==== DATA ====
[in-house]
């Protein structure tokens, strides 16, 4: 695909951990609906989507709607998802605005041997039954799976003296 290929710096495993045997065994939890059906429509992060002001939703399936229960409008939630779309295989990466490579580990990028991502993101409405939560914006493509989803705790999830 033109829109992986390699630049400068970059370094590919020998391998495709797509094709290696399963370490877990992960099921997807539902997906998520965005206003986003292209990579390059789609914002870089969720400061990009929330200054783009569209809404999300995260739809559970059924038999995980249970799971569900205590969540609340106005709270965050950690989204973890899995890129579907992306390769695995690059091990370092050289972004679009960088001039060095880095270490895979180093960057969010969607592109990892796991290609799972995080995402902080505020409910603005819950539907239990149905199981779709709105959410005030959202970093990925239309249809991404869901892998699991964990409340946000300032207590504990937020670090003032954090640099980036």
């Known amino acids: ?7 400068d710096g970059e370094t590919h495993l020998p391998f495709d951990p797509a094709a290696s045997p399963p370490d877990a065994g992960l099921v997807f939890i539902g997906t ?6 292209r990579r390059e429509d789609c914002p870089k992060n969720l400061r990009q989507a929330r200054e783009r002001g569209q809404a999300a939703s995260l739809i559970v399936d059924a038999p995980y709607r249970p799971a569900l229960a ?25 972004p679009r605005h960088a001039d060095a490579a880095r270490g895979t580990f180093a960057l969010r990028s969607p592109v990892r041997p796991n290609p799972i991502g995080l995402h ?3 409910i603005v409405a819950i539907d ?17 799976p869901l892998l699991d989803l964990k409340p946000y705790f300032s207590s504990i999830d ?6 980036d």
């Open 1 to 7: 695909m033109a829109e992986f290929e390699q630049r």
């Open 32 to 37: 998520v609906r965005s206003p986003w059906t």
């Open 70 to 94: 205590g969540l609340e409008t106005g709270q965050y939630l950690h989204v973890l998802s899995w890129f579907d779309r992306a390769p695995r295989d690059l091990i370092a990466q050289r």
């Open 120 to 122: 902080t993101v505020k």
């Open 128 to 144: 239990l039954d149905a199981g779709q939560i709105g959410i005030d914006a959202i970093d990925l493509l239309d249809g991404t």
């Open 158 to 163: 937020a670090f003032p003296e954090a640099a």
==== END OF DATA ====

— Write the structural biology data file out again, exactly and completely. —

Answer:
[in-house]
């Protein structure tokens, strides 16, 4: 695909951990609906989507709607998802605005041997039954799976003296 290929710096495993045997065994939890059906429509992060002001939703399936229960409008939630779309295989990466490579580990990028991502993101409405939560914006493509989803705790999830 033109829109992986390699630049400068970059370094590919020998391998495709797509094709290696399963370490877990992960099921997807539902997906998520965005206003986003292209990579390059789609914002870089969720400061990009929330200054783009569209809404999300995260739809559970059924038999995980249970799971569900205590969540609340106005709270965050950690989204973890899995890129579907992306390769695995690059091990370092050289972004679009960088001039060095880095270490895979180093960057969010969607592109990892796991290609799972995080995402902080505020409910603005819950539907239990149905199981779709709105959410005030959202970093990925239309249809991404869901892998699991964990409340946000300032207590504990937020670090003032954090640099980036």
């Known amino acids: ?7 400068d710096g970059e370094t590919h495993l020998p391998f495709d951990p797509a094709a290696s045997p399963p370490d877990a065994g992960l099921v997807f939890i539902g997906t ?6 292209r990579r390059e429509d789609c914002p870089k992060n969720l400061r990009q989507a929330r200054e783009r002001g569209q809404a999300a939703s995260l739809i559970v399936d059924a038999p995980y709607r249970p799971a569900l229960a ?25 972004p679009r605005h960088a001039d060095a490579a880095r270490g895979t580990f180093a960057l969010r990028s969607p592109v990892r041997p796991n290609p799972i991502g995080l995402h ?3 409910i603005v409405a819950i539907d ?17 799976p869901l892998l699991d989803l964990k409340p946000y705790f300032s207590s504990i999830d ?6 980036d």
């Open 1 to 7: 695909m033109a829109e992986f290929e390699q630049r």
């Open 32 to 37: 998520v609906r965005s206003p986003w059906t």
């Open 70 to 94: 205590g969540l609340e409008t106005g709270q965050y939630l950690h989204v973890l998802s899995w890129f579907d779309r992306a390769p695995r295989d690059l091990i370092a990466q050289r």
């Open 120 to 122: 902080t993101v505020k």
């Open 128 to 144: 239990l039954d149905a199981g779709q939560i709105g959410i005030d914006a959202i970093d990925l493509l239309d249809g991404t």
């Open 158 to 163: 937020a670090f003032p003296e954090a640099a």